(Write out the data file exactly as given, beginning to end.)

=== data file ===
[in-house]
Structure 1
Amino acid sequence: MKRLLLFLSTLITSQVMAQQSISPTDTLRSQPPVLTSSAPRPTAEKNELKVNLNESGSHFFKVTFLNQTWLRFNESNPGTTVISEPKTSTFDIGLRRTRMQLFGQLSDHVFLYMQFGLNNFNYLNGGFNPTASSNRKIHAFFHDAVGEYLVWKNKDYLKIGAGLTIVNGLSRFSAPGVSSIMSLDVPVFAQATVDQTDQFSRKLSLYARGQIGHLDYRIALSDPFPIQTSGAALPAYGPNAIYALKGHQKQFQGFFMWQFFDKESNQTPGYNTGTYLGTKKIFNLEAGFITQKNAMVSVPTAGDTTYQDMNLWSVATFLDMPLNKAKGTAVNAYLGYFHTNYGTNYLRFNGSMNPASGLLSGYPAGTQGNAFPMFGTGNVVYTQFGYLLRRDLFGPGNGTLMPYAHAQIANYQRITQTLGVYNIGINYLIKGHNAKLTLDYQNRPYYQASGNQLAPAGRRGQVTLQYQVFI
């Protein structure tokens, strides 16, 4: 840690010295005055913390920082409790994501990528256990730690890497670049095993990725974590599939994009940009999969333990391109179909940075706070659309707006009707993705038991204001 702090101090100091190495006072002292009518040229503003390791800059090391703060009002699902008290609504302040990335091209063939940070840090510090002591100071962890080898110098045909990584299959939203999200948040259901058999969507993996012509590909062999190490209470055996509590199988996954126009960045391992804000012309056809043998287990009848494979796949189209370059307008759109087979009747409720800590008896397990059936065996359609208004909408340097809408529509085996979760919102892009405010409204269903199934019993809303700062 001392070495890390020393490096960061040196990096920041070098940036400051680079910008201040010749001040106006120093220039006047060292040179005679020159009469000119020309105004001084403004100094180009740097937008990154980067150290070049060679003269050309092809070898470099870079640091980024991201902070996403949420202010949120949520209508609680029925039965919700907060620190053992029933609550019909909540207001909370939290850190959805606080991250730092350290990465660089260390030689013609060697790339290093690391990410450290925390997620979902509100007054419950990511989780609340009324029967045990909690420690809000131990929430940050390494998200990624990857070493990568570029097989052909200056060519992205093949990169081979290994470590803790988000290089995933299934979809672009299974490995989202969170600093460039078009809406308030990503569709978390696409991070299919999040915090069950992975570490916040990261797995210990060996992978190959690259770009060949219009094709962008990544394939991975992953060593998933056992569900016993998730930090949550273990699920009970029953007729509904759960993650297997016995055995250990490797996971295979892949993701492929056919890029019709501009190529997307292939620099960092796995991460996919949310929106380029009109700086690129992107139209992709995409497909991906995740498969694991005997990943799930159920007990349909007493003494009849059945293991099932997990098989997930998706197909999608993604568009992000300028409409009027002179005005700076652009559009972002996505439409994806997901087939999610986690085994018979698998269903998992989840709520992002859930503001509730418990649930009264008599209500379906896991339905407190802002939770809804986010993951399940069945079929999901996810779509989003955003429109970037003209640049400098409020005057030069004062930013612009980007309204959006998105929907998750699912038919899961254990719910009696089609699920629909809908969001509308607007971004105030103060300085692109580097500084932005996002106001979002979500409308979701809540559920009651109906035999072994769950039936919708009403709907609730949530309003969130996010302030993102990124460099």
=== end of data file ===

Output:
[in-house]
Structure 1
Amino acid sequence: MKRLLLFLSTLITSQVMAQQSISPTDTLRSQPPVLTSSAPRPTAEKNELKVNLNESGSHFFKVTFLNQTWLRFNESNPGTTVISEPKTSTFDIGLRRTRMQLFGQLSDHVFLYMQFGLNNFNYLNGGFNPTASSNRKIHAFFHDAVGEYLVWKNKDYLKIGAGLTIVNGLSRFSAPGVSSIMSLDVPVFAQATVDQTDQFSRKLSLYARGQIGHLDYRIALSDPFPIQTSGAALPAYGPNAIYALKGHQKQFQGFFMWQFFDKESNQTPGYNTGTYLGTKKIFNLEAGFITQKNAMVSVPTAGDTTYQDMNLWSVATFLDMPLNKAKGTAVNAYLGYFHTNYGTNYLRFNGSMNPASGLLSGYPAGTQGNAFPMFGTGNVVYTQFGYLLRRDLFGPGNGTLMPYAHAQIANYQRITQTLGVYNIGINYLIKGHNAKLTLDYQNRPYYQASGNQLAPAGRRGQVTLQYQVFI
């Protein structure tokens, strides 16, 4: 840690010295005055913390920082409790994501990528256990730690890497670049095993990725974590599939994009940009999969333990391109179909940075706070659309707006009707993705038991204001 702090101090100091190495006072002292009518040229503003390791800059090391703060009002699902008290609504302040990335091209063939940070840090510090002591100071962890080898110098045909990584299959939203999200948040259901058999969507993996012509590909062999190490209470055996509590199988996954126009960045391992804000012309056809043998287990009848494979796949189209370059307008759109087979009747409720800590008896397990059936065996359609208004909408340097809408529509085996979760919102892009405010409204269903199934019993809303700062 001392070495890390020393490096960061040196990096920041070098940036400051680079910008201040010749001040106006120093220039006047060292040179005679020159009469000119020309105004001084403004100094180009740097937008990154980067150290070049060679003269050309092809070898470099870079640091980024991201902070996403949420202010949120949520209508609680029925039965919700907060620190053992029933609550019909909540207001909370939290850190959805606080991250730092350290990465660089260390030689013609060697790339290093690391990410450290925390997620979902509100007054419950990511989780609340009324029967045990909690420690809000131990929430940050390494998200990624990857070493990568570029097989052909200056060519992205093949990169081979290994470590803790988000290089995933299934979809672009299974490995989202969170600093460039078009809406308030990503569709978390696409991070299919999040915090069950992975570490916040990261797995210990060996992978190959690259770009060949219009094709962008990544394939991975992953060593998933056992569900016993998730930090949550273990699920009970029953007729509904759960993650297997016995055995250990490797996971295979892949993701492929056919890029019709501009190529997307292939620099960092796995991460996919949310929106380029009109700086690129992107139209992709995409497909991906995740498969694991005997990943799930159920007990349909007493003494009849059945293991099932997990098989997930998706197909999608993604568009992000300028409409009027002179005005700076652009559009972002996505439409994806997901087939999610986690085994018979698998269903998992989840709520992002859930503001509730418990649930009264008599209500379906896991339905407190802002939770809804986010993951399940069945079929999901996810779509989003955003429109970037003209640049400098409020005057030069004062930013612009980007309204959006998105929907998750699912038919899961254990719910009696089609699920629909809908969001509308607007971004105030103060300085692109580097500084932005996002106001979002979500409308979701809540559920009651109906035999072994769950039936919708009403709907609730949530309003969130996010302030993102990124460099």